London: Researchers have identified how certain genes can contribute towards a person’s susceptibility to stress fracture injuries, a fatigue-induced fracture of the bone caused by repeated pressure over time.
Unlike normal fractures, stress fractures are the result of accumulated trauma from repeated mechanical usage, such as running or jumping. As such, stress fractures are common injuries for athletes and military personnel.
In this study, the researchers aimed to identify the contribution a specific gene had to stress fracture injuries in two groups of volunteers made up of military recruits and elite athletes.
The researchers evaluated the contribution the specific gene, P2X7R, had on the volunteers.
“The study found that two specific variations within the gene were associated with stress fracture injuries in healthy, exercising individuals,” said one of the researchers Jim Gallagher from the University of Liverpool in England.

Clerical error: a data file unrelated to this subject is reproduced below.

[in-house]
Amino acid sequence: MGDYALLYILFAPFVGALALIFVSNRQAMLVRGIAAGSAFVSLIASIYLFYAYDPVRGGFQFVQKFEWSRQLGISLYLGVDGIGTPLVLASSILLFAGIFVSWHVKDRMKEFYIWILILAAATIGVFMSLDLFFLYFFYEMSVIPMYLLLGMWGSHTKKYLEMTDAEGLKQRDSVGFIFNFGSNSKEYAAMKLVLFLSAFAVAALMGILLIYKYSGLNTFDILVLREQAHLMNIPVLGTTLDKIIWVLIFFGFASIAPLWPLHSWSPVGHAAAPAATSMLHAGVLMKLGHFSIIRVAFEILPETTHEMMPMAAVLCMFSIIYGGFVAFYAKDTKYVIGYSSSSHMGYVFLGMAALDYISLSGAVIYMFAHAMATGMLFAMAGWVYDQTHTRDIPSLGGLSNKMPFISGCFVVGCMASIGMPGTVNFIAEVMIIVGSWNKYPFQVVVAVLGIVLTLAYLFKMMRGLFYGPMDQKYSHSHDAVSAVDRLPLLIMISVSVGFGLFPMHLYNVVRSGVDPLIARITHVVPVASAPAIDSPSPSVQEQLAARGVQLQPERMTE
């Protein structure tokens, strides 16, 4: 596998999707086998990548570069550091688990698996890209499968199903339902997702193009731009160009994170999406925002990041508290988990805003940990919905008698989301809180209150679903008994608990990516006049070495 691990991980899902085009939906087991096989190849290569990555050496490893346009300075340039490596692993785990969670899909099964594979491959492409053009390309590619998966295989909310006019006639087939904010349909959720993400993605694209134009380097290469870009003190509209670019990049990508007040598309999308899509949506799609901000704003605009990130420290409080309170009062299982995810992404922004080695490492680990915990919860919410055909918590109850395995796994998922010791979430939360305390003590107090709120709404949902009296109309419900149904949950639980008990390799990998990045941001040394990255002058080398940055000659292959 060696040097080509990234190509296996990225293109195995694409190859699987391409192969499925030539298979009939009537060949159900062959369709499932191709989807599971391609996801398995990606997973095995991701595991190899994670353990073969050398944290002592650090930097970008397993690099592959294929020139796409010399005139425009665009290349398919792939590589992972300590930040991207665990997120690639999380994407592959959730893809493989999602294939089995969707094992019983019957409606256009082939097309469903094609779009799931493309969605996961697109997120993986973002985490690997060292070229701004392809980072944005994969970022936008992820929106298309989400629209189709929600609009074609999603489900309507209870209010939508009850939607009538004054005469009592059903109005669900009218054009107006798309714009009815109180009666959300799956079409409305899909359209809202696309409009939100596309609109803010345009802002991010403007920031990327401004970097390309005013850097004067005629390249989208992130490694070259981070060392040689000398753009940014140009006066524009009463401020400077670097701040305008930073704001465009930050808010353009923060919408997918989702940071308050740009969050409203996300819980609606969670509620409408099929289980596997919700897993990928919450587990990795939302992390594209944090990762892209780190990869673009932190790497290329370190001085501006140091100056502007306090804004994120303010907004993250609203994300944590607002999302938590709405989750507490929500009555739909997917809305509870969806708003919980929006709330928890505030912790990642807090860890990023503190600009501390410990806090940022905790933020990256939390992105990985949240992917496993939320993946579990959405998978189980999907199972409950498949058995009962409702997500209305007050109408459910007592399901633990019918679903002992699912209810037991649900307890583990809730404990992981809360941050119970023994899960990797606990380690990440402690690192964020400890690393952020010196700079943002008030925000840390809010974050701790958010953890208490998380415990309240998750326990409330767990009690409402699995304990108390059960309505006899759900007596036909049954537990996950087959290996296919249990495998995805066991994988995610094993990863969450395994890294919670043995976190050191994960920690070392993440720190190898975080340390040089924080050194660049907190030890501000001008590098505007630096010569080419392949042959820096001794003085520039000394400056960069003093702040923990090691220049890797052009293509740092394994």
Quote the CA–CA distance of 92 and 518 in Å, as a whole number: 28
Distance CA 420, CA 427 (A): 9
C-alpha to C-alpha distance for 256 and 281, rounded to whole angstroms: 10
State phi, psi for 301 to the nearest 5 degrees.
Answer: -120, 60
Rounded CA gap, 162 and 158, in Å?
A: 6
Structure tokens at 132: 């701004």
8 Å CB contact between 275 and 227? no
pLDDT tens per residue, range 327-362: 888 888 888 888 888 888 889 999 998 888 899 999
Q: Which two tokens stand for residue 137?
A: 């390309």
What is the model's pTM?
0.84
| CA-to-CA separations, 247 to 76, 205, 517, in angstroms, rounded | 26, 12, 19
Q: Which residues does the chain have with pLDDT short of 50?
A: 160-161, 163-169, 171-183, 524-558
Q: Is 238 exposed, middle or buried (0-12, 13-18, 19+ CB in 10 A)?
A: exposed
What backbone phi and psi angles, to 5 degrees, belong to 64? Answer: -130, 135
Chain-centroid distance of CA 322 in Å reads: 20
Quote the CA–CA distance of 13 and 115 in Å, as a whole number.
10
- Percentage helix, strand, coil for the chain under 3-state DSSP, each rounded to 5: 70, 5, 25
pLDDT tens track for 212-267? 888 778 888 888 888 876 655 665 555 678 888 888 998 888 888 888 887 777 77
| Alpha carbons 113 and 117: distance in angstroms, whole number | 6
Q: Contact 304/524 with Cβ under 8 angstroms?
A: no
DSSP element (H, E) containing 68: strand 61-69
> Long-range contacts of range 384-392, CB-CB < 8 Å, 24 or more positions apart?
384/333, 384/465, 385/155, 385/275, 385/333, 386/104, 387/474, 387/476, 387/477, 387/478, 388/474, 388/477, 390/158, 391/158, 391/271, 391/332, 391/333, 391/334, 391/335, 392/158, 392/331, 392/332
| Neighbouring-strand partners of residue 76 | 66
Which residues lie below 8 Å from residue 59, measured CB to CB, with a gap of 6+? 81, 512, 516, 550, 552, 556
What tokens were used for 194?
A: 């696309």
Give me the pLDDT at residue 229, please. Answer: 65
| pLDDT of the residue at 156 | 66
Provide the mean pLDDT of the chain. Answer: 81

“The findings are the first to demonstrate an independent association between stress fracture injury and specific variations in purinergic receptor genes,” Gallagher noted.
The study was published in the journal Purinergic Signalling.
The effect of heavy repeated mechanical usage causes an amalgamation of micro-damage in bone.
The body responds to this through a process known as ‘bone remodelling’, in which the damaged bone is removed and healthy bone is deposited. Bone remodelling occurs continuously through our lives and helps us keep our bones healthy.
“This work builds on pioneering basic laboratory research over several years in which we first showed that purinergic receptors are expressed in bone cells and that they regulate the response of bone to mechanical loading,” Gallagher pointed out.